These three episodes also yield quite the advance in Midori’s career progression as after unofficially helping out on multiple occasions the idea of her officially working for Musashino animation is suggested by Maitake-san and Seiichi-san and quickly taken to an interview stage all within episode fourteen alone. Midori’s, or should be say Diesel-san’s job is in scenario setting and is pretty much doing the same kind of thing she was doing before, only now she can be accredited for it (though I somehow doubt that this has dawned on her). The addition of Midori to the Musani staff allows for a nice diversity in Aoi conversations, giving her someone -who is involved in the production side- that she can talk to on more personal terms rather than as a superior.
Sadly these three episodes do leave one member of the animation club out. Despite what I originally expected, Shirobako’s grounding in reality prevents a no-name voice actress from securing a leading role in a much-anticipated series. This much is quite the bitter pill for Shizuka’s friends, who seem more upset by the fact she is the only one not working on the project than she is which is really rather adorable. Unlike after her last time at the recording studio Shizuka is not all that dejected by this rejection, she feel that she has done much better this time -this much being qualified by the fact that she was asked to read lines for a different character- and went about her audition with much more of an air of confidence about her. Hang in there Zuka-chan. On the subject of voice acting and in a throw back to my earlier comments on how many meeting are shown in this section, one of the meeting pertains to voice actor selection which contains rather loud and obnoxious representations of collaborating companies all of whom have vested interests which one can only assume to be P.A.Works having a dig at other companies who try to profit from their work (Don’t worry, we are 100% not profit here at Anime Corps).
Of course Shirobako would not be Shirobako if there was not an element of drama to the story and this triplet of episodes is no exception. The primary source of it this time comes from the inexperience of newly appointed character designer, Iguchi-san, and the lack of communications with the source material author. Up until the end of episode fifteen all appears to be going well and production is getting of to a good start but after so long without any form of feedback from the author, a message saying that he doesn’t really like the character designs throws quite the spanner in the works. Production is halted and the character designs are reworked but still fail to please the author and a failure on his part to specify why he doesn’t like the designs only exacerbates the problem (One would think that being an author and all, he would be good at communicating his ideas). Production starts to fall way behind schedule but to her credit Aoi, after initially being unsure as to how to deal with the situation, keeps things rolling, prioritizing work that doesn’t require character art; backgrounds, storyboards and such. Which is not a bad showing from a first time production desk.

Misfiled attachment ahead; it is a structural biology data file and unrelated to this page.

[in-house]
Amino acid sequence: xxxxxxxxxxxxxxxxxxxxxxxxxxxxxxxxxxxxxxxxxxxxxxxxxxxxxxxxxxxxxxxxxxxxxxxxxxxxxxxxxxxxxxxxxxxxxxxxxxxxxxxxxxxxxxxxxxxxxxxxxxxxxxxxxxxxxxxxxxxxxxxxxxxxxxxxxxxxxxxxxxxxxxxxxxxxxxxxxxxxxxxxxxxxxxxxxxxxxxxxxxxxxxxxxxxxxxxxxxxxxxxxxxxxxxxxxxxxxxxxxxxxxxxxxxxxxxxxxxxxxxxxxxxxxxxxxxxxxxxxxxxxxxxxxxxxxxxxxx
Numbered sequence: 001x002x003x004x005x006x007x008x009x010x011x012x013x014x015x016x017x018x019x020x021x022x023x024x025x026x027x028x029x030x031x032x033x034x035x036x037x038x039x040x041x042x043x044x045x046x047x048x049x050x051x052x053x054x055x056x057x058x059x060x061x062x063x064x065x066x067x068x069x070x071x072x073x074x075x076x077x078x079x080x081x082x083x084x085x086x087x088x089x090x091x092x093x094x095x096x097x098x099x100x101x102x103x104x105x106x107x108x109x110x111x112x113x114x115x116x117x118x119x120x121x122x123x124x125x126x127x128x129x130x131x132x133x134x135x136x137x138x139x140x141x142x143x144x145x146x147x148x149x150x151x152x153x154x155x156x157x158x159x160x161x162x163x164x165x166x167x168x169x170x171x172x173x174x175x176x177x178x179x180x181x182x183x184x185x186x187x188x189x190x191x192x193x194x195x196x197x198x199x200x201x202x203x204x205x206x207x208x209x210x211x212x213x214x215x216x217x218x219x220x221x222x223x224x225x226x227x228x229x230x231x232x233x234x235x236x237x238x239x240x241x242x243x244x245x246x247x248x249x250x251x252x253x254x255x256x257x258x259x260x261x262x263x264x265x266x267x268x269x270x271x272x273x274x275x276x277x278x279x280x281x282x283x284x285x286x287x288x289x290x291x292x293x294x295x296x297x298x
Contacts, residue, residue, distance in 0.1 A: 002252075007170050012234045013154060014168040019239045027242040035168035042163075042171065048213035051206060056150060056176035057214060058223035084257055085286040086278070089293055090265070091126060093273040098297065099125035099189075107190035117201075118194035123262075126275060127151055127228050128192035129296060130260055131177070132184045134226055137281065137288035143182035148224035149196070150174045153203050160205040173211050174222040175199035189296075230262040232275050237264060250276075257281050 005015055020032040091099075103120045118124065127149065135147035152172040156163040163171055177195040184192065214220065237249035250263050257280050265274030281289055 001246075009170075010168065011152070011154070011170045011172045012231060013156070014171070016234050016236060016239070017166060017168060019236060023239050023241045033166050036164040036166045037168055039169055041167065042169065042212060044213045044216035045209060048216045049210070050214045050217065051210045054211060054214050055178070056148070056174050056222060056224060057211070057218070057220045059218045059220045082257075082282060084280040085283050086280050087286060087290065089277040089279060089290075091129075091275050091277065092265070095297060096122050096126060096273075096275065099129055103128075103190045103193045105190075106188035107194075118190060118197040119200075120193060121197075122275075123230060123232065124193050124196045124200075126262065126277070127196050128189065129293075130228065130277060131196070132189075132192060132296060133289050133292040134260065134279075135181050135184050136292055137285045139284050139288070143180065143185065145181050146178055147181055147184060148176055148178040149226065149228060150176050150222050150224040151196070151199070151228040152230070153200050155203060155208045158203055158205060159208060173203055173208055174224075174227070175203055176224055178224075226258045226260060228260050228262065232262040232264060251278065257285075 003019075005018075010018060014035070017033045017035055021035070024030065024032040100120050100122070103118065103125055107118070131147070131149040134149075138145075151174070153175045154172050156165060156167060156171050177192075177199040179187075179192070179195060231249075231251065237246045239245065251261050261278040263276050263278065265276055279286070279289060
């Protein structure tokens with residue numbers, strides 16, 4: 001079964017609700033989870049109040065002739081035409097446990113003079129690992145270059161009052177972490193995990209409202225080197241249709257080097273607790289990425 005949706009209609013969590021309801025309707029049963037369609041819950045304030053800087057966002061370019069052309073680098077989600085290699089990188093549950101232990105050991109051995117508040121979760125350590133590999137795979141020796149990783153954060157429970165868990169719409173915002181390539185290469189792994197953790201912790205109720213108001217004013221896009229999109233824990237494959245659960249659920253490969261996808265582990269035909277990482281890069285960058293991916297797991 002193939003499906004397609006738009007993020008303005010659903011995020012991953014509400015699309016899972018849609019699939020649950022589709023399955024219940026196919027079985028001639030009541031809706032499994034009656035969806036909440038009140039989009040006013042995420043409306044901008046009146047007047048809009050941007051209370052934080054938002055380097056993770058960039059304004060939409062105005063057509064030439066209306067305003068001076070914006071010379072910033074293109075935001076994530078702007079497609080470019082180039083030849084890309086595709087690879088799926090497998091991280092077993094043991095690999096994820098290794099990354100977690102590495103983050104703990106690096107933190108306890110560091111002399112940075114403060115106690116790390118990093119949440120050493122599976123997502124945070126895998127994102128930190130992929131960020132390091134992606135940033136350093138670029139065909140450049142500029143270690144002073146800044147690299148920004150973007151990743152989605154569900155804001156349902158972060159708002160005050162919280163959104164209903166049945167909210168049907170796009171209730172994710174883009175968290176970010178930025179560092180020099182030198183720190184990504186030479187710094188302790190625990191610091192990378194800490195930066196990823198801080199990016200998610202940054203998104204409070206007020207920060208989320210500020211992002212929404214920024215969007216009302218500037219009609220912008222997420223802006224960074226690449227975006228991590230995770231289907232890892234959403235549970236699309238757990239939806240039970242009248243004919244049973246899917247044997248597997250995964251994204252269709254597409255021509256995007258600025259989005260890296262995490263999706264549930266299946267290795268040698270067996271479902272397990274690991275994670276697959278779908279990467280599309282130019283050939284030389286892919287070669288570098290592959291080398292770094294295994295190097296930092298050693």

Aoi’s efforts do not really address the underling issue her though and for this to be identified and addressed the intervention of a certain goth loli girl is required. The issue here is that Iguchi-san does not know how to and therefore is unable to improve on her character design work, the limited assistance from the bookshop people is indeed problematic but the responsibility lies with Iguchi-san who is obligated to produce designs that meet the authors expectations. The fact that Iguchi-san is not receiving direct feed back does however, push her towards improving in general rather than simply improving the designs and this much is the strategy that Ogasawara-san employed getting Iguchi-san to take a step back and then to immerse her self in role. Though her giving this advice we are able to explore her background a little and discover that her gothic lolita attire has more to it that simply being there to look cute. Shirobako doing this much is rather nice in my opinion as prior to this episode Ogasawara-san stuck out to me as different to the “realism” of the other characters but with consideration to why she dresses as she does it makes much more sense.
And so ends the first in what will be quite a few multiple episode reviews. With me being so far behind the anime in terms of writing there is little point in me using this space to speculate on where the story will go from here as most people will already now what happens after this and if not then I certainly do (I’m not quite shallow enough to pretend I don’t and make “predictions). I guess my conclusion is rather short this time: Shirobako is still Shirobako and I hope that it continues to be so.